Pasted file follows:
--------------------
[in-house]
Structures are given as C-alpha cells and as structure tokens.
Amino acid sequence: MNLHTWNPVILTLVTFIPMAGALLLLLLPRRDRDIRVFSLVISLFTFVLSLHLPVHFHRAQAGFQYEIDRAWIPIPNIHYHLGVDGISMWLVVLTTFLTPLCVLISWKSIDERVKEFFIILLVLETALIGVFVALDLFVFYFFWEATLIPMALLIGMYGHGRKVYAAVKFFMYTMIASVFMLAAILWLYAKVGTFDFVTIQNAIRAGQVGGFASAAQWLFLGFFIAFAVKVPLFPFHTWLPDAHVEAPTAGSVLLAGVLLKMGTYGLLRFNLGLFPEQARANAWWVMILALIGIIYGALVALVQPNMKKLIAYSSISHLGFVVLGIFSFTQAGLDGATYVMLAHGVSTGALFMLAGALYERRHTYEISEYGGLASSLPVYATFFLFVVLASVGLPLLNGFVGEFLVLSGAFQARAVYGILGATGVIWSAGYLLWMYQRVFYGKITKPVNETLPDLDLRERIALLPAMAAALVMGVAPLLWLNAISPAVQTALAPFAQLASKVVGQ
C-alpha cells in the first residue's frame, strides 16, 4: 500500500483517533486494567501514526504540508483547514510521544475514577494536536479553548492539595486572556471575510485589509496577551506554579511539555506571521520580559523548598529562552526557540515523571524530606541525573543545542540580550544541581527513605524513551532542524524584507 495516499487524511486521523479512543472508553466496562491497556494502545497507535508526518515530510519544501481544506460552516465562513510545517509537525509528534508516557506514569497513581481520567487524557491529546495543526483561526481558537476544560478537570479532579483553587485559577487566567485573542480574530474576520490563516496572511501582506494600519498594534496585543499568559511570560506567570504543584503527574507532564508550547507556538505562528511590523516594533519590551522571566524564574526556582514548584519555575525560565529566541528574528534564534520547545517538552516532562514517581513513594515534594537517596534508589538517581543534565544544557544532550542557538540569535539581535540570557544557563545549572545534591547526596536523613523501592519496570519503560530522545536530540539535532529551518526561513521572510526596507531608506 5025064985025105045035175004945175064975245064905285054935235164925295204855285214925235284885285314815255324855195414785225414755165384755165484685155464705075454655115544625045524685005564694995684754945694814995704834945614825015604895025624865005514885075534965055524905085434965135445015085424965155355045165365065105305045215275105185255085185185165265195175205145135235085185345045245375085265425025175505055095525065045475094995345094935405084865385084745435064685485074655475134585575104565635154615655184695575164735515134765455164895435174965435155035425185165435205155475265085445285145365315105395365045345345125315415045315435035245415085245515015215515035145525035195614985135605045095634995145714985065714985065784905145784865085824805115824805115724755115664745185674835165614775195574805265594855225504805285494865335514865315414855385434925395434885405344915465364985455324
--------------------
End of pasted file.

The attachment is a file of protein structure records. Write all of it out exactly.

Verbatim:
[in-house]
Structures are given as C-alpha cells and as structure tokens.
Amino acid sequence: MNLHTWNPVILTLVTFIPMAGALLLLLLPRRDRDIRVFSLVISLFTFVLSLHLPVHFHRAQAGFQYEIDRAWIPIPNIHYHLGVDGISMWLVVLTTFLTPLCVLISWKSIDERVKEFFIILLVLETALIGVFVALDLFVFYFFWEATLIPMALLIGMYGHGRKVYAAVKFFMYTMIASVFMLAAILWLYAKVGTFDFVTIQNAIRAGQVGGFASAAQWLFLGFFIAFAVKVPLFPFHTWLPDAHVEAPTAGSVLLAGVLLKMGTYGLLRFNLGLFPEQARANAWWVMILALIGIIYGALVALVQPNMKKLIAYSSISHLGFVVLGIFSFTQAGLDGATYVMLAHGVSTGALFMLAGALYERRHTYEISEYGGLASSLPVYATFFLFVVLASVGLPLLNGFVGEFLVLSGAFQARAVYGILGATGVIWSAGYLLWMYQRVFYGKITKPVNETLPDLDLRERIALLPAMAAALVMGVAPLLWLNAISPAVQTALAPFAQLASKVVGQ
C-alpha cells in the first residue's frame, strides 16, 4: 500500500483517533486494567501514526504540508483547514510521544475514577494536536479553548492539595486572556471575510485589509496577551506554579511539555506571521520580559523548598529562552526557540515523571524530606541525573543545542540580550544541581527513605524513551532542524524584507 495516499487524511486521523479512543472508553466496562491497556494502545497507535508526518515530510519544501481544506460552516465562513510545517509537525509528534508516557506514569497513581481520567487524557491529546495543526483561526481558537476544560478537570479532579483553587485559577487566567485573542480574530474576520490563516496572511501582506494600519498594534496585543499568559511570560506567570504543584503527574507532564508550547507556538505562528511590523516594533519590551522571566524564574526556582514548584519555575525560565529566541528574528534564534520547545517538552516532562514517581513513594515534594537517596534508589538517581543534565544544557544532550542557538540569535539581535540570557544557563545549572545534591547526596536523613523501592519496570519503560530522545536530540539535532529551518526561513521572510526596507531608506 5025064985025105045035175004945175064975245064905285054935235164925295204855285214925235284885285314815255324855195414785225414755165384755165484685155464705075454655115544625045524685005564694995684754945694814995704834945614825015604895025624865005514885075534965055524905085434965135445015085424965155355045165365065105305045215275105185255085185185165265195175205145135235085185345045245375085265425025175505055095525065045475094995345094935405084865385084745435064685485074655475134585575104565635154615655184695575164735515134765455164895435174965435155035425185165435205155475265085445285145365315105395365045345345125315415045315435035245415085245515015215515035145525035195614985135605045095634995145714985065714985065784905145784865085824805115824805115724755115664745185674835165614775195574805265594855225504805285494865335514865315414855385434925395434885405344915465364985455324